There are more cloudy days in a year around here than sunny, making photography interesting if you’re into bright colors and blue skies. So you take what you get. And in winter that means shapes, forms, composition and tones.
Dark and light make up the winter world. Nature provides the edges, defining one part of the world from another. And the edges change. You can go back to the same place every day and find something new.
Water’s relationship to winter is always fascinating. Moving it creates surfaces and borders that wax and wane as solid fights liquid for supremacy, always with temperature as an ally for one or the other. The flowing stream supplies a source of freezing material at the shore, gradually building up a new edge that is then eroded away by the moving water. Today a solid sheet stretching from the ground over the creek, tomorrow a sinuous knife edge being sharpened each moment by its liquid parent.
The frozen lake, until recently a source of nourishment for the trees on the edge, now a surface holding back its liquid from the bare branches. The white frame of the sky and ice surrounding the tendrils of limbs waiting for the thaw.
The nice thing about winter is all the leaves are off the trees. Meaning you can see deeper into the forest than any other time of year. And with snow on the ground you can see the shape of the terrain, the paths of animal tracks – all sorts of interesting things that are hidden behind a leafy curtain three-fourths of the year.
This image is from around Devil’s Lake near Baraboo, WI. I’ve wandered around there shooting several times but never noticed this old quarry on the side of the ridge. It’s hidden behind lots of trees, which usually have leaves when I’m there. I didn’t even notice the road until the snow revealed it and encouraged me to walk up and see what was there.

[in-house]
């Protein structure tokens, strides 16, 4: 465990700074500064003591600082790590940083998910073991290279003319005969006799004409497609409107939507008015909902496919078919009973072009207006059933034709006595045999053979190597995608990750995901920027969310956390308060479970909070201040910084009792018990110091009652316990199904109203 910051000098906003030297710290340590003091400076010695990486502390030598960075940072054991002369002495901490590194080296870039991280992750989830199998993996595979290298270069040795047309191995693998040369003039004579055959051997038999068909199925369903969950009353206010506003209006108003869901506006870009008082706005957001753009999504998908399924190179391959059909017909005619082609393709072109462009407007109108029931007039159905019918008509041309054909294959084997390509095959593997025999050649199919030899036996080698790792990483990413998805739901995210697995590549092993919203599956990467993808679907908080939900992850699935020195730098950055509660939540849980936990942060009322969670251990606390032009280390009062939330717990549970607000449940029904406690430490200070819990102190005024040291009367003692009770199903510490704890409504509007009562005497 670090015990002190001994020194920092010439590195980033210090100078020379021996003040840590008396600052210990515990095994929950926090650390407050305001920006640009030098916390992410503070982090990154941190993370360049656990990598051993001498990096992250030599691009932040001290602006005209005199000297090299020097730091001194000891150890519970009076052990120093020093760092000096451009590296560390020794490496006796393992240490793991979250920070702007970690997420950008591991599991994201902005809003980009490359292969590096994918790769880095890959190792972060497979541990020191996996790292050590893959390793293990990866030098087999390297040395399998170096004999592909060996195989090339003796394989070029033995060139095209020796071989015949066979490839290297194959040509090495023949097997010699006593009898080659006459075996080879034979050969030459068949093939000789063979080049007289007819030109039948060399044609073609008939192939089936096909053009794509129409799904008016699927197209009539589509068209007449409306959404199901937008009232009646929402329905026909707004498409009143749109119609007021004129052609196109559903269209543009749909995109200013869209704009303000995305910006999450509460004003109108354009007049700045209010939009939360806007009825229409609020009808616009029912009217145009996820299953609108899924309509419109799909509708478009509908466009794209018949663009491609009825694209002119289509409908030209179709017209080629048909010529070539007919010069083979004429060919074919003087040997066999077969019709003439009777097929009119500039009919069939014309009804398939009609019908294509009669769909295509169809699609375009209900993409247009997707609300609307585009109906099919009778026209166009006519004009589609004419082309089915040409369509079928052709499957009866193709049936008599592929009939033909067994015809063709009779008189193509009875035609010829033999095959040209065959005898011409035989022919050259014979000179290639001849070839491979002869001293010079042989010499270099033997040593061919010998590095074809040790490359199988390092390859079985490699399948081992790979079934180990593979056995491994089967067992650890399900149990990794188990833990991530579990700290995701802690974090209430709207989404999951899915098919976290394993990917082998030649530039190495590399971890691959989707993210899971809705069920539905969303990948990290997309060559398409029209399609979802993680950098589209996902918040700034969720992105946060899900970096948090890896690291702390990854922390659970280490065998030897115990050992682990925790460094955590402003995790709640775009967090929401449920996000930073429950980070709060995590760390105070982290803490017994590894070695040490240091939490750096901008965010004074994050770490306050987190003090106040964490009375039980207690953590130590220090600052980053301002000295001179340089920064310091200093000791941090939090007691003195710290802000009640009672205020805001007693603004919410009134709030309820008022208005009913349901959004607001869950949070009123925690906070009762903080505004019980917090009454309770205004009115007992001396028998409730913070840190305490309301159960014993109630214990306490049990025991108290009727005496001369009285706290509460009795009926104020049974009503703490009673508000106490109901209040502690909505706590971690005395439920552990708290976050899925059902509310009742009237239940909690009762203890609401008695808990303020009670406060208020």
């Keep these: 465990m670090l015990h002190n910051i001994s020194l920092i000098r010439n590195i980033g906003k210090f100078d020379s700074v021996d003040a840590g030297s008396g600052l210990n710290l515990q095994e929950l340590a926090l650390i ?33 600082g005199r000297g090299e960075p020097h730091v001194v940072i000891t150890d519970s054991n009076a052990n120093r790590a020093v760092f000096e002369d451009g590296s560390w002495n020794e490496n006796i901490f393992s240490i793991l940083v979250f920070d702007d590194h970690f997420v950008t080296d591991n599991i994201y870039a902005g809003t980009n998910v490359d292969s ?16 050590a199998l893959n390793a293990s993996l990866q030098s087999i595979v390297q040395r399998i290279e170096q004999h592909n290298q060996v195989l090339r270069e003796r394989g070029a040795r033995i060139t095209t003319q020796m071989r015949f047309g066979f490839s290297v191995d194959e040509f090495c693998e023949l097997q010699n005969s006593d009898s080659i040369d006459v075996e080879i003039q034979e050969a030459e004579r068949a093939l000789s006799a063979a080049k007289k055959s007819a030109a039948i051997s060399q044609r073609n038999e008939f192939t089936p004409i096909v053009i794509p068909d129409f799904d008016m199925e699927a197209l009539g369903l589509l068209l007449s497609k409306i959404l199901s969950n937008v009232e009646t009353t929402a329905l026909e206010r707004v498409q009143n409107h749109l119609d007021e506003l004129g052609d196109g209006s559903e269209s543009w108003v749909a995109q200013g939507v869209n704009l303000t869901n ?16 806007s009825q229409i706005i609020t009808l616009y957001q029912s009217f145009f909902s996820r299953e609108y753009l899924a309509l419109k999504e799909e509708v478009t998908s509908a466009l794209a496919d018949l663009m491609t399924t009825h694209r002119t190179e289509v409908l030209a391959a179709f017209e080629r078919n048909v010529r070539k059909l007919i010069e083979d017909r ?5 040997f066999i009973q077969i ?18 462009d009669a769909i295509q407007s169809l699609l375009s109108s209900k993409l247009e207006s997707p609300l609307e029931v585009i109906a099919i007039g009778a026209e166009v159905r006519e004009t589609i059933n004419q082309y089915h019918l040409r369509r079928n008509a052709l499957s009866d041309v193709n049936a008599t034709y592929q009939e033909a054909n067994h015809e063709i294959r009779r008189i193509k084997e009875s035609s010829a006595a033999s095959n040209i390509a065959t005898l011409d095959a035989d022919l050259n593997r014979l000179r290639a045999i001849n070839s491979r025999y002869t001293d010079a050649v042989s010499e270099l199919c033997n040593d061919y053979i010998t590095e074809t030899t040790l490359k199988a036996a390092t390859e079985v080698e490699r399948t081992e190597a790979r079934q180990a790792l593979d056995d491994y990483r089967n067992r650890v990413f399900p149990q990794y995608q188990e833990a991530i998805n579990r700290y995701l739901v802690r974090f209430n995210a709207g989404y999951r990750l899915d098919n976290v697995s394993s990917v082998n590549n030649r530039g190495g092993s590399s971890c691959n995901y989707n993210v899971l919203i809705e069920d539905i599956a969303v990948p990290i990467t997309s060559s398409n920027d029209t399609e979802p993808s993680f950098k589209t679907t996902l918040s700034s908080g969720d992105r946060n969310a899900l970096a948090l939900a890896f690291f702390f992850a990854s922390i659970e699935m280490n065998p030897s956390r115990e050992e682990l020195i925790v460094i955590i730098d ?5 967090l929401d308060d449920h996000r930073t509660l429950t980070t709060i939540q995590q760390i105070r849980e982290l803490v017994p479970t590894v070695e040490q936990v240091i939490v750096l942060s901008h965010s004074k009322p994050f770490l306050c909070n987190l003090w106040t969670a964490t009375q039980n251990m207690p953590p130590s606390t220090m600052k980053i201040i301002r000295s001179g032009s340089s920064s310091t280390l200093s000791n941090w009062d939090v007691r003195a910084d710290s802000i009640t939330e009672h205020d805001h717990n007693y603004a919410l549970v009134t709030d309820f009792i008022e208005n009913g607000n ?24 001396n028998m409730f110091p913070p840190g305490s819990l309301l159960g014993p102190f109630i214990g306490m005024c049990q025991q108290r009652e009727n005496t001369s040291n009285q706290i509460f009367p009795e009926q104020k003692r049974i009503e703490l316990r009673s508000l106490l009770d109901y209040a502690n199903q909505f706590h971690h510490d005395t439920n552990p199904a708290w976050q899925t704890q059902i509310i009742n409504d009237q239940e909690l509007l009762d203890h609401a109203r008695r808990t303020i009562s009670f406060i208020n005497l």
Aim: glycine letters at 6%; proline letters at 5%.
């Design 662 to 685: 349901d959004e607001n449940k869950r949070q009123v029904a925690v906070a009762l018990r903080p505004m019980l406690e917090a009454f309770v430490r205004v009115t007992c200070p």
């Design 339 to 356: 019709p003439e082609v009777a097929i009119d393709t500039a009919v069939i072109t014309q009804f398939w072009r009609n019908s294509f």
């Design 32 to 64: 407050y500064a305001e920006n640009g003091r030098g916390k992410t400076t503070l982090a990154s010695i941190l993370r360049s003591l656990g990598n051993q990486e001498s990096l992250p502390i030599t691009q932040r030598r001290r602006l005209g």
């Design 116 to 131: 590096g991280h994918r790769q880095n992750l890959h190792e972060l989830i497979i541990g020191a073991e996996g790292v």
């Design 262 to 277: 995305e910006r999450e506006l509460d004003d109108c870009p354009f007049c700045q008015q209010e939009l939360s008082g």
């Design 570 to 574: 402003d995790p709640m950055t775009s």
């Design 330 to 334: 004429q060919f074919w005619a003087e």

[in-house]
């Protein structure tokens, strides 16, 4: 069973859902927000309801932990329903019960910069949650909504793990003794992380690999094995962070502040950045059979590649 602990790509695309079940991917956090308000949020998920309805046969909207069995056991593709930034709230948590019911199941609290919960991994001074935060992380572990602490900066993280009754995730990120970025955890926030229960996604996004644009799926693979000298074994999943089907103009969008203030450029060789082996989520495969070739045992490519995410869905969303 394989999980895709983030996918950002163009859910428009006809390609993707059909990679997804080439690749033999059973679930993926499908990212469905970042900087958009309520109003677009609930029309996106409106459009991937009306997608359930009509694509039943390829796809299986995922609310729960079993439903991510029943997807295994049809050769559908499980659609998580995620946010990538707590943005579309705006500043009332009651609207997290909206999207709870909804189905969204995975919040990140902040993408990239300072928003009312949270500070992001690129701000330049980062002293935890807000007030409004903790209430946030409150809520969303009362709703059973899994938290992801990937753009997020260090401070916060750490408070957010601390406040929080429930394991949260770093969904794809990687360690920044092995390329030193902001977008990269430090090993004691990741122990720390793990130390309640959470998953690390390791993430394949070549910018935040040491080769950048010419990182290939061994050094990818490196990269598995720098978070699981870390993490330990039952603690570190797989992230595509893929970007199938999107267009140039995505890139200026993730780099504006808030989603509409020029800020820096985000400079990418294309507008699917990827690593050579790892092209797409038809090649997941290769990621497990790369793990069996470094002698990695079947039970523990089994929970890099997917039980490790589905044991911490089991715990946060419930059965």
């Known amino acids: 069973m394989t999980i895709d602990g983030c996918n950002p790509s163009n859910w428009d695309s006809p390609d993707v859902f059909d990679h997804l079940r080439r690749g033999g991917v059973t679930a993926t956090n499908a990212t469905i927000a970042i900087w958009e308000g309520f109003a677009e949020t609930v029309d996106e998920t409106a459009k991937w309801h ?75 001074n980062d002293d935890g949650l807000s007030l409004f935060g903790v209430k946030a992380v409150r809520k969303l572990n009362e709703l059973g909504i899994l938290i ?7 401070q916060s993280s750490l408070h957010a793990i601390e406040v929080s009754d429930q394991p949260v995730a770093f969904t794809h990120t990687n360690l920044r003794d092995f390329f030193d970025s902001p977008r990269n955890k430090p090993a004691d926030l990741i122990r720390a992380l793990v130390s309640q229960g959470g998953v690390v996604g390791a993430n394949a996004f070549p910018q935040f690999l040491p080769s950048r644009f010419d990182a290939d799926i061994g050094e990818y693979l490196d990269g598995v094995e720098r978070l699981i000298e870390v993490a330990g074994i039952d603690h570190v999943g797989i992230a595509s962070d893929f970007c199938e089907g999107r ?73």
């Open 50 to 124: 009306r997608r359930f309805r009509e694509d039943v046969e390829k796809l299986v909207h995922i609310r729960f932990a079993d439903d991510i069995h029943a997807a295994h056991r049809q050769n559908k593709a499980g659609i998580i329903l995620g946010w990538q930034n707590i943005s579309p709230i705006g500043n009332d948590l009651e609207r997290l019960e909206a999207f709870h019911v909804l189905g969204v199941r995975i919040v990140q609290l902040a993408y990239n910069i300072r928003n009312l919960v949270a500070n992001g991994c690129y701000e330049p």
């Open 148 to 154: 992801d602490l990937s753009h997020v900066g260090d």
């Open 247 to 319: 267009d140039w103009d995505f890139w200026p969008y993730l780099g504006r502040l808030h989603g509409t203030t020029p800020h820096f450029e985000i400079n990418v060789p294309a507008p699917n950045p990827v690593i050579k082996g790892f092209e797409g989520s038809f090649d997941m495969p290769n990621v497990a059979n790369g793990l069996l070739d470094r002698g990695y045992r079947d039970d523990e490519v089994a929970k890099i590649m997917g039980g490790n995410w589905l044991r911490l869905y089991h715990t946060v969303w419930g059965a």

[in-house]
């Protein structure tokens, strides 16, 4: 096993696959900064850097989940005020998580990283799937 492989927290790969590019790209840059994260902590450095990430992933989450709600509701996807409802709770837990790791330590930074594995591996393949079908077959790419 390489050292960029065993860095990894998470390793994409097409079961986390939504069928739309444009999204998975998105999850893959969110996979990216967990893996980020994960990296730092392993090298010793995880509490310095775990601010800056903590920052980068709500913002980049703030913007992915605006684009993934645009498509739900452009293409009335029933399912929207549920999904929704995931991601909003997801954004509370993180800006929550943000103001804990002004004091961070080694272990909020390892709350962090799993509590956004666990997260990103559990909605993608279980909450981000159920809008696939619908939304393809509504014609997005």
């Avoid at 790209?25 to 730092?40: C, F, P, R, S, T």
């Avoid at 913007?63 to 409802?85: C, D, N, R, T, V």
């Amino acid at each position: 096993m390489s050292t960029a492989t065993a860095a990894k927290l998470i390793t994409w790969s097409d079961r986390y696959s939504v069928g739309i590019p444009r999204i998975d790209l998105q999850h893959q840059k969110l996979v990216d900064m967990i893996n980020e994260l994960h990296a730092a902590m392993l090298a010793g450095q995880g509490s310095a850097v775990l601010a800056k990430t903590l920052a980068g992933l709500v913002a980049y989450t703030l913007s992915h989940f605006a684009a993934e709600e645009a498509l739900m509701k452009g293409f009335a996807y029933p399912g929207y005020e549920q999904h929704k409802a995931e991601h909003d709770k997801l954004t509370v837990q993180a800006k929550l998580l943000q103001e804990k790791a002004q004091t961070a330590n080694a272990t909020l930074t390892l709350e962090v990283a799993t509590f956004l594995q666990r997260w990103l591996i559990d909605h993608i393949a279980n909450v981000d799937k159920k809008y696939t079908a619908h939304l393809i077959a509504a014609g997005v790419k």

One advantage of getting out in the cold, snowy winter – you get to see things that may be hidden the rest of the year.
Lines, forms, shadows, structure – when the world is black and white these are all you have to create a mood.
What is this mood? Patient stillness awaiting the new spring? Hibernation after a busy year of production? Soldiers awaiting their next order? Quiet and peace or orderly attention?
Farmers impose order on the field, photographers capture and expose other orders, intentional or incidental. The sun contributes a new direction and dimension, visible only at the right time to those ready to observe.
Just kidding – right now there are few colors other than the Christmas decorations remaining on the houses and streetlights. Enough snow has melted to drop the landscape from monochrome to at least light and dark tones. Weather is three cloudy days for every sunny one as some storm near Alaska keeps churning fronts across the Great Lakes. I take whatever lighting I can get to practice exposure and composition.
A local park was created from an old limestone quarry and crushing site. A few walls remain to outline the work structures that once stood on the side of the giant hole in the ground. The easiest building material was the slabs of limestone being brought out so there are lots of lines and shapes to see, set against the organic background of trees. A good place to play with shadows, shapes, tones and focus.
The following is a mix of digital and film – can you tell the difference?